1669 On 3 May the vestry considered “how many bells shalbe hanged in ye Tower”. It was agreed that there should be “Six good & sonable bells” and the churchwardens were empowered to obtain them “with all convenient speed” and instructed “to take care alsoe that they bee well hanged”. The new ring of six was cast by William Eldridge I of Chertsey and the frame by the local carpenter, Wilcox. [23] [24]
c 1670 At some point in this decade there was a benefaction by Nell Gwynn (who died 1687) for a dinner and ale for six ringers to ring for an hour every Thursday evening. This was discontinued by 1742.
1672 The tower was capped with a new cupola to a design by Sir Christopher Wren and built by Wilcox. Presumably the Bartlet bell of 1628 was hung in this new cupola and reconnected to the clock.
c 1675 "Six bells" listed in the inventory of c.1675. [25]
1708 There was a record of 6 bells in the tower.
1713 On 15 Nov, the Vestry noted that most of the bells were broken and useless. A month later it ordered the churchwardens to get quotes from Matthew Bagley and Richard Phelp's bell foundries and select the cheapest. Matthew Bagley was chosen and on 13 Jan 1713/14 they approved the draft articles between Bagley and the parish. [26] [27] [28] [29]
1714 The new ring of eight with a tenor of 23-1-5 was cast by Matthew Bagley and hung in March. Payment of £150 was authorised bythe Vestry on 15 Feb. Paterson noted "eight bells newly cast and hung up this month of March 1714". [30] [31]
1717 There were concerns about the safety of the church. The walls were being forced outwards by the weight of the roof and the old building was comparatively ramshackle and inferior compared with neighbouring churches. The parishioners therefore petitioned for an Act of Parliament to allow them to rebuild the church and raise money for the purpose.
1721 Before work could begin on demolishing the old church the parish had to make alternative provision for holding services while the new church was being built. They erected a temporary church (known as the Tabernacle) at the edge of the churchyard, transferring various items to it including the organ, a clock and two of the bells, the Saints Bell and the fifth. The remaining bells were placed in the vaults below. The first stone of the new church was laid on 19 Mar, designed by James Gibbs and costing £33,661. [32] [33]
1723 It is unclear when it was decided to replace the bells, but on 7 Sept 1723 the newspapers reported that new a set of bells was to be cast in the Country. [34]
1724 It was announced that the Prince of Wales (the future George II) had offered a substantial contribution towards the cost of the bells, indeed, the word was that he had provided them. This might have been an attempt to snub or rival his father (George I) who had given the organ. In practice there is little evidence he was quite that generous as there was plenty of other activity to raise the money. The Vestry met on 3 Nov to confirm the scope of the new ring of bells. It was agreed nem con that there should be eight. A month later the Vestry met again on 8 Dec to consider the suggestion that two more bells should be added to make a ring of ten. This was agreed, and furthermore, the tenor was to be no lighter than 30 cwt. Reports at the time noted that there had been an aspiration for a ring of twelve, but the design of the tower had to be amended during construction in 1724 to thicken the walls by six inches on each side to better carry the weight of the spire. This restriction was throught to make the tower incapable of holding twelve. The new steeple, built in Portland stone, was completed on 19 December. [35] [36] [37] [38] [39] [40]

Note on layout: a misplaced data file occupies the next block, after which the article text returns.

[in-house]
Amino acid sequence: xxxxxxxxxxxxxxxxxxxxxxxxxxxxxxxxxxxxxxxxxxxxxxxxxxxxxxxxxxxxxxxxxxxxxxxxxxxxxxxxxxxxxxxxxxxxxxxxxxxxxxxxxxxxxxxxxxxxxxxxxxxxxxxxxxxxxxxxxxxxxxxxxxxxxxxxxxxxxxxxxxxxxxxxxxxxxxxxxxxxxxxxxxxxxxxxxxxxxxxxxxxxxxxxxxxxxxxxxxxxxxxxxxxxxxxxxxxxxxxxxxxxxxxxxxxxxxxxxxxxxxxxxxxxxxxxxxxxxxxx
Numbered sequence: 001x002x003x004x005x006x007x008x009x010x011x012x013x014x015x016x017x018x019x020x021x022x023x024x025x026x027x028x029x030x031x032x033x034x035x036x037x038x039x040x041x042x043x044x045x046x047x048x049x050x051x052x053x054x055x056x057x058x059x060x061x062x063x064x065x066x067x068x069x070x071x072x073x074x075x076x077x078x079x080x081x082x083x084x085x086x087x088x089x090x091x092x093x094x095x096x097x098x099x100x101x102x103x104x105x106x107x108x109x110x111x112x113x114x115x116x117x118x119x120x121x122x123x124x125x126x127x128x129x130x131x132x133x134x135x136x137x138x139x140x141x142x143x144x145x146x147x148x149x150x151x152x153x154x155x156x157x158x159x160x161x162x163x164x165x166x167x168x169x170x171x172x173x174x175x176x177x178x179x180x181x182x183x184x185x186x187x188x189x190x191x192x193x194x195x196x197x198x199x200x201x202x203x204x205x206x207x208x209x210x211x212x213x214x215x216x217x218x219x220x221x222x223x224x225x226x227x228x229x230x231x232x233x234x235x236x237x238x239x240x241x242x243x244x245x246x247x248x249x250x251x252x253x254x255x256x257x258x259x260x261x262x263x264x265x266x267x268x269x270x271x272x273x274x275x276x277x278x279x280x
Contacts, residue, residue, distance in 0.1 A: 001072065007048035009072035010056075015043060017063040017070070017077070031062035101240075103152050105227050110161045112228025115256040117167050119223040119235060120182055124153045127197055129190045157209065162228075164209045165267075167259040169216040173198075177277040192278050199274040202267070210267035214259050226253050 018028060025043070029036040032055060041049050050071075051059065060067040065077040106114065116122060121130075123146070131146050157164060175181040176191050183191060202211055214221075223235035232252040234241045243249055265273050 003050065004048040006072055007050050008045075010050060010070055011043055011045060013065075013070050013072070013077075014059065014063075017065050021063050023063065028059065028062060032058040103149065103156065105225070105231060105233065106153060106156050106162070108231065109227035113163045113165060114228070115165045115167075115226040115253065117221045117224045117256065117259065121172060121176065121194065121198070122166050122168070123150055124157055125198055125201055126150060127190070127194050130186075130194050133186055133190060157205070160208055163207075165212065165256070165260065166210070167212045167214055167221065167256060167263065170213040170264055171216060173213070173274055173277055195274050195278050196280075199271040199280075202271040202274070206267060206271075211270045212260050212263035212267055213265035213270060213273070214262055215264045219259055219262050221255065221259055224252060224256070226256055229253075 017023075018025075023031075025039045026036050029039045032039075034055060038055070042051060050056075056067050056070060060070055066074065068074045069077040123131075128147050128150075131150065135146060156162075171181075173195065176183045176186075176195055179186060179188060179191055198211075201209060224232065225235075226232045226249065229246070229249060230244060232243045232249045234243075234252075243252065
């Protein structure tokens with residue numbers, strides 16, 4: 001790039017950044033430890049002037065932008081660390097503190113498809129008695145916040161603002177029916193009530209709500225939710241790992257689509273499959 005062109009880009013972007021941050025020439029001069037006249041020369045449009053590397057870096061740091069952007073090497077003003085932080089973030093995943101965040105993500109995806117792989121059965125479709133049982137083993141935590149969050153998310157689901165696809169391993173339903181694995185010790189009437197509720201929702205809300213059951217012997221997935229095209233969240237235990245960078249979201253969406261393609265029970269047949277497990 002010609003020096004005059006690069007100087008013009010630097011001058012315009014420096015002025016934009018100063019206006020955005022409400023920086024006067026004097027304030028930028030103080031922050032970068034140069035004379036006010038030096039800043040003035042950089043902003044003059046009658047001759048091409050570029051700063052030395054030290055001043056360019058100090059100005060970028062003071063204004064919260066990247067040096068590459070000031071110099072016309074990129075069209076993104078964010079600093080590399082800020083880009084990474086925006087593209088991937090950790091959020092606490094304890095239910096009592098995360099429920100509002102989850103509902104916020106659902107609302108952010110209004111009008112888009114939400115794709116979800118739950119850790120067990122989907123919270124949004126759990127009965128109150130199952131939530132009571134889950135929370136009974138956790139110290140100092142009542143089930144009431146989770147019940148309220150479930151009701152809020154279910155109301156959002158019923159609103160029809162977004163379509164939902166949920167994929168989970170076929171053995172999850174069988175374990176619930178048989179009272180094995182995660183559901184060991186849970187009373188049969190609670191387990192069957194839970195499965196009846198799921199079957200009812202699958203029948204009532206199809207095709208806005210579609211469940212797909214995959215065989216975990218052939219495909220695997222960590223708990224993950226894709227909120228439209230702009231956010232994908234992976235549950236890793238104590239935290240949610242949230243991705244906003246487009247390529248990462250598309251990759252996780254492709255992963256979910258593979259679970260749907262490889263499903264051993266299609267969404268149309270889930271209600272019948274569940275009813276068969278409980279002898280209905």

1725 Rather have the clock strike on one of the ringing bells, it was decided by Vestry on 3 May to order an additional separate bell for this purpose, serving also as a Saints Bell. Rudhall was having difficulty producing bells of the chosen quality, and he needed to recast a number of them. On 19 Jun he wrote to the Churchwarden explaining that there would be a delay to their delivery. In the meantime, John and Richard Williams, local carpenters who had earlier built the frame at St Bride's, were contracted to build the frame at St Martin's and hang the bells, when they arrive. [41] [42] [43] [44] [45] [46] [47]
1726 The bells were finally ready, delivered in April and were installed in June or July. On 20 July, the Duke of Somerset visited and donated 100 guineas towards the bells. This money was set aside to provide two additional bells. Rudhall's bill came to £525.2.9 with a further charge of £45.6.9 for the clock bell. The try out took place on 1 Aug (the anniversary of the King's accession) and £300 of the bill was paid. However the tenor wasn't considered satisfactory, and despite's Rudhall's insistance on being paid the balance, only a further £200 was paid. The two bells in the Tabernacle were also sent to Rudhall in part settlement. The church was consecrated and officially opened on 20 October, but the bells were rung in advance of that. The first peal attempt was on 10 Oct by the Society of College Youth, sadly unsuccessful following a broken rope after 3 hours of ringing. The second attempt on 17 Oct was more successful. [48] [49] [50] [51] [52] [53] [54] [55] [56] [57] [58] [59] [60]
1727 Two further bells were ordered from Rudhall to make the ring up to twelve. The "untunable" tenor was probably replaced at the same time, the cost of which was borne by Rudhall as part of his contract, although the parish paid for carriage and hanging. The bellframe by the Williams brothers was also found to be unsatisfactory, so a new frame was built by William Cole (or Coles) in which all twelve bells could hang on one level. THis cost £51.11.6. Later in the year the treble of the twelve was replaced, and in December Cole was paid £1.1.0 for hanging the new bell (which again, Rudhall would have had to have substituted as part of his guarantee). [61] [62] [63] [64]